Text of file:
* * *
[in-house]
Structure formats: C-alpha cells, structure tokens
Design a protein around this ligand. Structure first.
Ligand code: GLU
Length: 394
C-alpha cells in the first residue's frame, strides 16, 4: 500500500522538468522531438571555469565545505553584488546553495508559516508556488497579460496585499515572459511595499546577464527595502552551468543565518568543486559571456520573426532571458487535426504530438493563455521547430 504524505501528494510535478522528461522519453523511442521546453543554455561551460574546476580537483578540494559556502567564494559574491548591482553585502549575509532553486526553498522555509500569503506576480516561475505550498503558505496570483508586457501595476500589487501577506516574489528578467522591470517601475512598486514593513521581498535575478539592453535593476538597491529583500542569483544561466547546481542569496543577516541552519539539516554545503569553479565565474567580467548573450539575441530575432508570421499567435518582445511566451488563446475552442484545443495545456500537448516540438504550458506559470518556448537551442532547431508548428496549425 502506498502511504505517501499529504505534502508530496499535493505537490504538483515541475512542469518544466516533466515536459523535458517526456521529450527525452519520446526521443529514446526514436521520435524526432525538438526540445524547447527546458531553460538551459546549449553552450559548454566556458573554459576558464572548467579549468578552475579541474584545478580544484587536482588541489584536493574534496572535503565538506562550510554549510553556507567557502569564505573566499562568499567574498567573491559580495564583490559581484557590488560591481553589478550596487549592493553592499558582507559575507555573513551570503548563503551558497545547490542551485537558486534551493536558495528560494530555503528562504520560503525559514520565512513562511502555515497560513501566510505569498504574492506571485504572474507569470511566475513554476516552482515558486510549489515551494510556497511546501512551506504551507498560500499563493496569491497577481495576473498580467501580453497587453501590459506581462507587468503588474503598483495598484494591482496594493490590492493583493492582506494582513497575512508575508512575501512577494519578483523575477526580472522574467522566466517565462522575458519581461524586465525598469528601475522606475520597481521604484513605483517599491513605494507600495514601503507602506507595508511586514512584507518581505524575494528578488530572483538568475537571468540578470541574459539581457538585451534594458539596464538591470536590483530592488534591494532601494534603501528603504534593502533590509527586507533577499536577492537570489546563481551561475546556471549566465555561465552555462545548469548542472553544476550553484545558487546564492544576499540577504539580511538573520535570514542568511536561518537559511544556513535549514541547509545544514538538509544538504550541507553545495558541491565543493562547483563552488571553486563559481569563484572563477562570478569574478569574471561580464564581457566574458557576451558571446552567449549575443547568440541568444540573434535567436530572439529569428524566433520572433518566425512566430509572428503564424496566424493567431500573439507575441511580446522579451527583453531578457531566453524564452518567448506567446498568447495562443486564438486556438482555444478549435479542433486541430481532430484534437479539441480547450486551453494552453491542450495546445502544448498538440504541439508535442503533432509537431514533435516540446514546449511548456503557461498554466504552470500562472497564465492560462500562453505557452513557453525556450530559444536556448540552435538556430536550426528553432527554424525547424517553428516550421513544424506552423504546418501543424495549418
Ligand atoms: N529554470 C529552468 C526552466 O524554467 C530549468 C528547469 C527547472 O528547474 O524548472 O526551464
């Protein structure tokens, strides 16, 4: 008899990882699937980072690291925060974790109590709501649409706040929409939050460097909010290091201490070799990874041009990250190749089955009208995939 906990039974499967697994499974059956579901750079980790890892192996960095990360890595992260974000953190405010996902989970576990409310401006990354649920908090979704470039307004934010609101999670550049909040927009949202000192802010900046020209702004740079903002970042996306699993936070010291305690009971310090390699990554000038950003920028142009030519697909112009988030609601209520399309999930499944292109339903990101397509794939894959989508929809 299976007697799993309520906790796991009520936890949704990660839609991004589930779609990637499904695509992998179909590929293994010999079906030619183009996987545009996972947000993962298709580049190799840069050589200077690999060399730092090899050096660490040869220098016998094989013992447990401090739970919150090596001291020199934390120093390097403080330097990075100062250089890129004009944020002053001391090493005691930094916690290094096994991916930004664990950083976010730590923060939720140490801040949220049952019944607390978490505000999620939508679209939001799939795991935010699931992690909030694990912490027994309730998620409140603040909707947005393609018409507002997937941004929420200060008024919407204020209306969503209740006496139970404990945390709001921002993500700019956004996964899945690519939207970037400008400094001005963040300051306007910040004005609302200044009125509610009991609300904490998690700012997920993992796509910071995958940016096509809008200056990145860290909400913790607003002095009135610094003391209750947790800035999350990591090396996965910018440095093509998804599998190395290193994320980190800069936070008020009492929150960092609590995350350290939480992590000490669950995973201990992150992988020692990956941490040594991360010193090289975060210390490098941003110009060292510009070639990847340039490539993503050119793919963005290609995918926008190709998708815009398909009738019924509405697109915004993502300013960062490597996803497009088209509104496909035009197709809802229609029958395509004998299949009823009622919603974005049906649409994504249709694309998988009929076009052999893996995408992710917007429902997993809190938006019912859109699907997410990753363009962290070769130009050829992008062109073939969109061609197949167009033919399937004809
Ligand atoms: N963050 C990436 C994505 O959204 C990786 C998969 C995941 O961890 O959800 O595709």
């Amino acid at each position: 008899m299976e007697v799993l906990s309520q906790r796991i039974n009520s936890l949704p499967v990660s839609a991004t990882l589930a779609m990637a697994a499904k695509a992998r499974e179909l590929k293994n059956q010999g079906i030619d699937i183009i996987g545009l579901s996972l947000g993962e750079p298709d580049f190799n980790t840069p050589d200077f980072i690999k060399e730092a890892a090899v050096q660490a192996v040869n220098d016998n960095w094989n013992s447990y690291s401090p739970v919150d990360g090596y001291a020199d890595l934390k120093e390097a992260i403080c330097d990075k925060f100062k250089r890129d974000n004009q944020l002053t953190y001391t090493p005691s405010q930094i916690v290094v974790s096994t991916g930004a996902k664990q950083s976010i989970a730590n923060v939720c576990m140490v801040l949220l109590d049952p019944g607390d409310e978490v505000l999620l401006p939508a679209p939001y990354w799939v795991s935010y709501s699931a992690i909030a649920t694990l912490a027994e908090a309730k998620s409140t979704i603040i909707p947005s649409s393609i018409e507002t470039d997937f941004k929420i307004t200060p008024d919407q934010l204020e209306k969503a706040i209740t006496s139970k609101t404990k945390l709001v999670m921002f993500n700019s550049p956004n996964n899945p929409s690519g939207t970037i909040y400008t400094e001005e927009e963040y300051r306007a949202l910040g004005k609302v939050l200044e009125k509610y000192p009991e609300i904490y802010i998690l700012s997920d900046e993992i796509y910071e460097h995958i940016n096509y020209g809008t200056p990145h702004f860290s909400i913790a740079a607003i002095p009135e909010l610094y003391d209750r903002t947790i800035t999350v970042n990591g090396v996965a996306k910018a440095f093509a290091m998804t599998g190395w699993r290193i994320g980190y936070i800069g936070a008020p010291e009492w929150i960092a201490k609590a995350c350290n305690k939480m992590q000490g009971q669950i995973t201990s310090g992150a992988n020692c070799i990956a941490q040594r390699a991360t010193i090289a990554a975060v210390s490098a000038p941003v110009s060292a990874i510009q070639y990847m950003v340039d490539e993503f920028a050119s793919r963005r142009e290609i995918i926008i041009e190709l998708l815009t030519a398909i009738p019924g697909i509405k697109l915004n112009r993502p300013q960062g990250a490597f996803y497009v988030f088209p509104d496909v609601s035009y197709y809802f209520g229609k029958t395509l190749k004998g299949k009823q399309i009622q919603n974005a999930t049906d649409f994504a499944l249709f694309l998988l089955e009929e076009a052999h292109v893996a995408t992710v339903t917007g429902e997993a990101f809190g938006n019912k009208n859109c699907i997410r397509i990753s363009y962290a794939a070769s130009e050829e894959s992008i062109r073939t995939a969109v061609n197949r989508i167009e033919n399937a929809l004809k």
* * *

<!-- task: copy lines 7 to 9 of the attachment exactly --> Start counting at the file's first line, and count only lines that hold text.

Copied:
Ligand atoms: N529554470 C529552468 C526552466 O524554467 C530549468 C528547469 C527547472 O528547474 O524548472 O526551464
């Protein structure tokens, strides 16, 4: 008899990882699937980072690291925060974790109590709501649409706040929409939050460097909010290091201490070799990874041009990250190749089955009208995939 906990039974499967697994499974059956579901750079980790890892192996960095990360890595992260974000953190405010996902989970576990409310401006990354649920908090979704470039307004934010609101999670550049909040927009949202000192802010900046020209702004740079903002970042996306699993936070010291305690009971310090390699990554000038950003920028142009030519697909112009988030609601209520399309999930499944292109339903990101397509794939894959989508929809 299976007697799993309520906790796991009520936890949704990660839609991004589930779609990637499904695509992998179909590929293994010999079906030619183009996987545009996972947000993962298709580049190799840069050589200077690999060399730092090899050096660490040869220098016998094989013992447990401090739970919150090596001291020199934390120093390097403080330097990075100062250089890129004009944020002053001391090493005691930094916690290094096994991916930004664990950083976010730590923060939720140490801040949220049952019944607390978490505000999620939508679209939001799939795991935010699931992690909030694990912490027994309730998620409140603040909707947005393609018409507002997937941004929420200060008024919407204020209306969503209740006496139970404990945390709001921002993500700019956004996964899945690519939207970037400008400094001005963040300051306007910040004005609302200044009125509610009991609300904490998690700012997920993992796509910071995958940016096509809008200056990145860290909400913790607003002095009135610094003391209750947790800035999350990591090396996965910018440095093509998804599998190395290193994320980190800069936070008020009492929150960092609590995350350290939480992590000490669950995973201990992150992988020692990956941490040594991360010193090289975060210390490098941003110009060292510009070639990847340039490539993503050119793919963005290609995918926008190709998708815009398909009738019924509405697109915004993502300013960062490597996803497009088209509104496909035009197709809802229609029958395509004998299949009823009622919603974005049906649409994504249709694309998988009929076009052999893996995408992710917007429902997993809190938006019912859109699907997410990753363009962290070769130009050829992008062109073939969109061609197949167009033919399937004809
Ligand atoms: N963050 C990436 C994505 O959204 C990786 C998969 C995941 O961890 O959800 O595709």